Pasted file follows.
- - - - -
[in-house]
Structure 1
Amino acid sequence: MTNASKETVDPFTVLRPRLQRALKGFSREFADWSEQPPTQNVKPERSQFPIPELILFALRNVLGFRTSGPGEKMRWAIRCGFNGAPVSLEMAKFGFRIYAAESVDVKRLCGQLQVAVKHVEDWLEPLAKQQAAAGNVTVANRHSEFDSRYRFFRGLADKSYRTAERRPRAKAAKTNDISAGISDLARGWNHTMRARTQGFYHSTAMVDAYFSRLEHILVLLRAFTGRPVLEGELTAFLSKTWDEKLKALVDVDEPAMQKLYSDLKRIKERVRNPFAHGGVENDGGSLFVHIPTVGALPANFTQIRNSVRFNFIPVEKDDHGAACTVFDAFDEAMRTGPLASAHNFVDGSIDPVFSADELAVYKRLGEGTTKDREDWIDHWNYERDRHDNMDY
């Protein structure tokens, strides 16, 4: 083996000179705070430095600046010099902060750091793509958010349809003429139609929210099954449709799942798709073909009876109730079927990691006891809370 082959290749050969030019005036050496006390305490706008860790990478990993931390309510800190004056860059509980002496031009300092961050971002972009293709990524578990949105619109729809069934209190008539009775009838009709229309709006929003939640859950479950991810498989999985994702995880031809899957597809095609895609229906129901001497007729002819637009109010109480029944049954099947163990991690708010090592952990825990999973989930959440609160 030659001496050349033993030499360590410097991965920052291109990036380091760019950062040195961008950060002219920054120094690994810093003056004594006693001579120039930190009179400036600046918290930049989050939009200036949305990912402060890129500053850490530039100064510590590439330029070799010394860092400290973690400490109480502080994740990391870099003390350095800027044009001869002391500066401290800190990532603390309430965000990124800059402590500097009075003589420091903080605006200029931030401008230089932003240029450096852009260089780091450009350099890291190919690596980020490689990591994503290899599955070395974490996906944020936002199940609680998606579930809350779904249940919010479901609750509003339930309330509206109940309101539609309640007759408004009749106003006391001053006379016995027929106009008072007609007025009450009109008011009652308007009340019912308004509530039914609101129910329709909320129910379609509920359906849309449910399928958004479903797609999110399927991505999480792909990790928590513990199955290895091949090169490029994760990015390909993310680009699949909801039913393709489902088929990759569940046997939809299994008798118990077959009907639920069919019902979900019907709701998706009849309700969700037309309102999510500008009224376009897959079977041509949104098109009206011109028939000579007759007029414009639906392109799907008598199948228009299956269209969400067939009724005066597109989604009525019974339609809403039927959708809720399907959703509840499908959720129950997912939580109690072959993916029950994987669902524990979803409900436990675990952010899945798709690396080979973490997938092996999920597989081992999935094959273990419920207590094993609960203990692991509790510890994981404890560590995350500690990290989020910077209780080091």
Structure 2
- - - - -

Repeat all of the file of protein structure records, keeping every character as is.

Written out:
[in-house]
Structure 1
Amino acid sequence: MTNASKETVDPFTVLRPRLQRALKGFSREFADWSEQPPTQNVKPERSQFPIPELILFALRNVLGFRTSGPGEKMRWAIRCGFNGAPVSLEMAKFGFRIYAAESVDVKRLCGQLQVAVKHVEDWLEPLAKQQAAAGNVTVANRHSEFDSRYRFFRGLADKSYRTAERRPRAKAAKTNDISAGISDLARGWNHTMRARTQGFYHSTAMVDAYFSRLEHILVLLRAFTGRPVLEGELTAFLSKTWDEKLKALVDVDEPAMQKLYSDLKRIKERVRNPFAHGGVENDGGSLFVHIPTVGALPANFTQIRNSVRFNFIPVEKDDHGAACTVFDAFDEAMRTGPLASAHNFVDGSIDPVFSADELAVYKRLGEGTTKDREDWIDHWNYERDRHDNMDY
């Protein structure tokens, strides 16, 4: 083996000179705070430095600046010099902060750091793509958010349809003429139609929210099954449709799942798709073909009876109730079927990691006891809370 082959290749050969030019005036050496006390305490706008860790990478990993931390309510800190004056860059509980002496031009300092961050971002972009293709990524578990949105619109729809069934209190008539009775009838009709229309709006929003939640859950479950991810498989999985994702995880031809899957597809095609895609229906129901001497007729002819637009109010109480029944049954099947163990991690708010090592952990825990999973989930959440609160 030659001496050349033993030499360590410097991965920052291109990036380091760019950062040195961008950060002219920054120094690994810093003056004594006693001579120039930190009179400036600046918290930049989050939009200036949305990912402060890129500053850490530039100064510590590439330029070799010394860092400290973690400490109480502080994740990391870099003390350095800027044009001869002391500066401290800190990532603390309430965000990124800059402590500097009075003589420091903080605006200029931030401008230089932003240029450096852009260089780091450009350099890291190919690596980020490689990591994503290899599955070395974490996906944020936002199940609680998606579930809350779904249940919010479901609750509003339930309330509206109940309101539609309640007759408004009749106003006391001053006379016995027929106009008072007609007025009450009109008011009652308007009340019912308004509530039914609101129910329709909320129910379609509920359906849309449910399928958004479903797609999110399927991505999480792909990790928590513990199955290895091949090169490029994760990015390909993310680009699949909801039913393709489902088929990759569940046997939809299994008798118990077959009907639920069919019902979900019907709701998706009849309700969700037309309102999510500008009224376009897959079977041509949104098109009206011109028939000579007759007029414009639906392109799907008598199948228009299956269209969400067939009724005066597109989604009525019974339609809403039927959708809720399907959703509840499908959720129950997912939580109690072959993916029950994987669902524990979803409900436990675990952010899945798709690396080979973490997938092996999920597989081992999935094959273990419920207590094993609960203990692991509790510890994981404890560590995350500690990290989020910077209780080091």
Structure 2